Jewelry accessories made from amorphous platinum alloy have to withstand temperatures up to 200° C. In order to use the alloy for jewelry accessories it has to maintain its amorphous nature up to 200° C. This means that the glass transition temperature should be above 200° C. On the other hand, the glass transition temperature should be low in order to both lower the processing temperature and minimize shrinkage due to thermal expansion.

Another measure of processability is the effect of various factors on the critical cooling rate. For example, the level of impurities in the alloy. The tolerance of chemical composition can have major impact on the critical cooling rate, and, in turn, the ready production of bulk-solidifying amorphous alloys. Amorphous alloys with less sensitivity to such factors are preferred as having higher processability.

In general, Pt-rich bulk amorphous alloys have compositions close to the eutectic compositions. Therefore, the liquidus temperature of the alloy is in generally lower than the average liquidus temperature of the constituents. Bulk solidifying amorphous alloys with a liquidus temperature below 1000° C. or more preferably below 700° C. would be desirable due to the ease of fabrication. Reaction with the mold material, oxidation, and embrittlement would be highly reduced compare to the commercial crystalline Pt-alloys.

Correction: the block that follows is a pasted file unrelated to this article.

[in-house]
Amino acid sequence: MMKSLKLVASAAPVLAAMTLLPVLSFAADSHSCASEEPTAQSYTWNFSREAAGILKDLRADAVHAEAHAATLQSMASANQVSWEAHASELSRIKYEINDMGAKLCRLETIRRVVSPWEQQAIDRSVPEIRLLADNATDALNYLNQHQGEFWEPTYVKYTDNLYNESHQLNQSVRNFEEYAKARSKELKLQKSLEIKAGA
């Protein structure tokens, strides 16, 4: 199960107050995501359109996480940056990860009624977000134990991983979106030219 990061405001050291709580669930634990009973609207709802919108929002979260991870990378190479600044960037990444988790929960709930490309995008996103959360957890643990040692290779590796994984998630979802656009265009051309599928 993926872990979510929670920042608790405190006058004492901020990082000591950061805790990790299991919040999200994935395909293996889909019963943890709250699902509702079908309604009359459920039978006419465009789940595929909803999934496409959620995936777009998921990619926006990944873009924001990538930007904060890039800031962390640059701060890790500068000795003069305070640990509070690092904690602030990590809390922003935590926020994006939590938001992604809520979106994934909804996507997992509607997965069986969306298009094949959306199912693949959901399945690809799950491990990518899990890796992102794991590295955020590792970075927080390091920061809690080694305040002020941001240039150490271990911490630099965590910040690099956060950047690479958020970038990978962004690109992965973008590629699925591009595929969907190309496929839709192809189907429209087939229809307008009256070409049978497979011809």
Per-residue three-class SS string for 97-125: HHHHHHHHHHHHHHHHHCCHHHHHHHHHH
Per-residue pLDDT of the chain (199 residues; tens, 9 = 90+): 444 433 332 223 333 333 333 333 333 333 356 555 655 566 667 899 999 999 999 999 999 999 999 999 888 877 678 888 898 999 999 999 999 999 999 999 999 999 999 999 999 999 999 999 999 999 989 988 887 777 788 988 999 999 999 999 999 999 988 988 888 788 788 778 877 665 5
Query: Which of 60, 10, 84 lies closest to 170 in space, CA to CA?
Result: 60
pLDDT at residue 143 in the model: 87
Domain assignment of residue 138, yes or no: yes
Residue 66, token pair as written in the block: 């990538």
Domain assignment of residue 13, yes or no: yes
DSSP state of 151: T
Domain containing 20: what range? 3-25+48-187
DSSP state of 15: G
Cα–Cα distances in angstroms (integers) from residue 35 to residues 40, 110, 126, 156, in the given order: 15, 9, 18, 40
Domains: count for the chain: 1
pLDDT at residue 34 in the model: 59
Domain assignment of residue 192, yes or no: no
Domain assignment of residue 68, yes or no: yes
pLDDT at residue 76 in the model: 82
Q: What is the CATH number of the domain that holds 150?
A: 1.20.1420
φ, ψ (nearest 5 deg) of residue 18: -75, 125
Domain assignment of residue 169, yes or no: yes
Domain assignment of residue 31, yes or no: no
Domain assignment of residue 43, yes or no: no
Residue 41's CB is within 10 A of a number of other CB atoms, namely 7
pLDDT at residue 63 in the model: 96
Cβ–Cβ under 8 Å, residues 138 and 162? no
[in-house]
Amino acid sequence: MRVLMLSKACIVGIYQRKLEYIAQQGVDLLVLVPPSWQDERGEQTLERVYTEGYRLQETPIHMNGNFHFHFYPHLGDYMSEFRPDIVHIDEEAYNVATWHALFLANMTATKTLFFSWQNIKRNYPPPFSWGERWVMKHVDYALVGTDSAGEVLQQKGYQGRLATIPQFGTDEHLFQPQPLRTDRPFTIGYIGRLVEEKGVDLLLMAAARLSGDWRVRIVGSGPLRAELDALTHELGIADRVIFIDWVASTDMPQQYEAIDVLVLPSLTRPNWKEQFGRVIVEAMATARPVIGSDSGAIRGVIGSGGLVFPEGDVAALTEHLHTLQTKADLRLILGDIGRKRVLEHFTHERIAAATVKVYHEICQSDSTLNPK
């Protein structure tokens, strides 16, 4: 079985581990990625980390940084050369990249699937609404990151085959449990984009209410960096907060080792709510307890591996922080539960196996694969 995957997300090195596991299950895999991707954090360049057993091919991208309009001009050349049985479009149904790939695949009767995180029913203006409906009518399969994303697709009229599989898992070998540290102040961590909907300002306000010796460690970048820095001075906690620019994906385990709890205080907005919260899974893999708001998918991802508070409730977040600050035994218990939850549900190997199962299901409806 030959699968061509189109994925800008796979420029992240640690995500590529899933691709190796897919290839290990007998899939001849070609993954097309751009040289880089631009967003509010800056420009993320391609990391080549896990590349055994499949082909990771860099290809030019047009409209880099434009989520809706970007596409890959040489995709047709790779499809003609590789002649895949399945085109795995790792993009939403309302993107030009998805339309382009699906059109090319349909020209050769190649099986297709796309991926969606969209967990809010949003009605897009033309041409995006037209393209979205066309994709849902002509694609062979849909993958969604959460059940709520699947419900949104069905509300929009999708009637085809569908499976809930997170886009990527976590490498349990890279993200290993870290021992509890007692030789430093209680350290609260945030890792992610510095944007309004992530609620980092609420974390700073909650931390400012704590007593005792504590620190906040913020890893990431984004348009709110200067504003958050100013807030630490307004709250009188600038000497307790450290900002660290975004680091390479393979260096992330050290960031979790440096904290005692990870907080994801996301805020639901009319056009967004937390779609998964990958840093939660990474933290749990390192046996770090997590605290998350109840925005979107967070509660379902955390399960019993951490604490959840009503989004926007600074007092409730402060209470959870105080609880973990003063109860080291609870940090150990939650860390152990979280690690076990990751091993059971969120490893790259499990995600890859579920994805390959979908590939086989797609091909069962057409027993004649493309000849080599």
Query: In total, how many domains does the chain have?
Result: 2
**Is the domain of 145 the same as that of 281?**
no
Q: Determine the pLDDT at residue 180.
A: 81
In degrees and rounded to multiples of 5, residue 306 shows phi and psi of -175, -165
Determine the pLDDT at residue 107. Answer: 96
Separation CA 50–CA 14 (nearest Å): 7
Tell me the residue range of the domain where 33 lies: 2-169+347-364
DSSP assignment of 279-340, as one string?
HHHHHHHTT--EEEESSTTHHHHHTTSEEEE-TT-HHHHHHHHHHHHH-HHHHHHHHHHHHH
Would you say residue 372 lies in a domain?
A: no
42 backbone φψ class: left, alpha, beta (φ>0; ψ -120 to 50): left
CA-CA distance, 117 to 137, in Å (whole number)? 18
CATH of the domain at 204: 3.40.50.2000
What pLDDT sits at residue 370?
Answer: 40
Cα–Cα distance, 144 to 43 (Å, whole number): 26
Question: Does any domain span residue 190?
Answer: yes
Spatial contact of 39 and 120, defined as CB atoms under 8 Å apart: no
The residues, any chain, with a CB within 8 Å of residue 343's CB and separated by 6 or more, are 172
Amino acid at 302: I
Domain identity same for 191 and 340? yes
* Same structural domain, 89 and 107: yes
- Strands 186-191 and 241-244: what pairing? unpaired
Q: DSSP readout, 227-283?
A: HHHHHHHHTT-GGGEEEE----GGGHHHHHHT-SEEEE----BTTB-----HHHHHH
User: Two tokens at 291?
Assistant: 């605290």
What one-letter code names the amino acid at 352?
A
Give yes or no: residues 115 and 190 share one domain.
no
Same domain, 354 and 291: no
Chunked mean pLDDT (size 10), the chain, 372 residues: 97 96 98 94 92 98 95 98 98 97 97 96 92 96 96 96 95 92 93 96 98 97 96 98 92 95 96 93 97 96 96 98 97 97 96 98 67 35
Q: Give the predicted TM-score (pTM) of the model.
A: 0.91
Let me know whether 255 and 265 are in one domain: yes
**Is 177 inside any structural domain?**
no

Trying to achieve these properties is a challenge in casting commercially used platinum alloys due to their high melting temperatures. For example, conventional Pt-alloys have melting temperatures generally above 1700° C. These high melting temperature causes serious problems in processing. At processing temperatures above the melting temperature the Pt alloy react with most investment materials which leads to contamination, oxidation, and embrittlement of the alloy. To process alloys at these elevated temperatures sophisticated expensive equipment is mandatory. In addition, during cooling to room temperature these materials shrink due to crystallization and thermal expansion. This leads to low quality casting results. In order to increase the properties subsequent processing steps such as annealing are necessary.

Another challenge in processing commercial crystalline Pt-alloys is that during crystallization the alloy changes its composition. This results in a non-uniform composition in at least at portion of the alloy.

Accordingly, a need exists to develop platinum rich highly processable bulk solidifying amorphous alloys. The desired Pt-base amorphous alloys have a low melting and casting temperatures of less than 800° C., a large supercooled liquid region of more than 60° C., a high fluidity above the glass transition temperature, and a high resistance to against embrittlement during processing above around the glass transition temperature.

SUMMARY OF THE INVENTION

The present invention is generally directed to four or five component Pt-based bulk-solidifying amorphous alloys.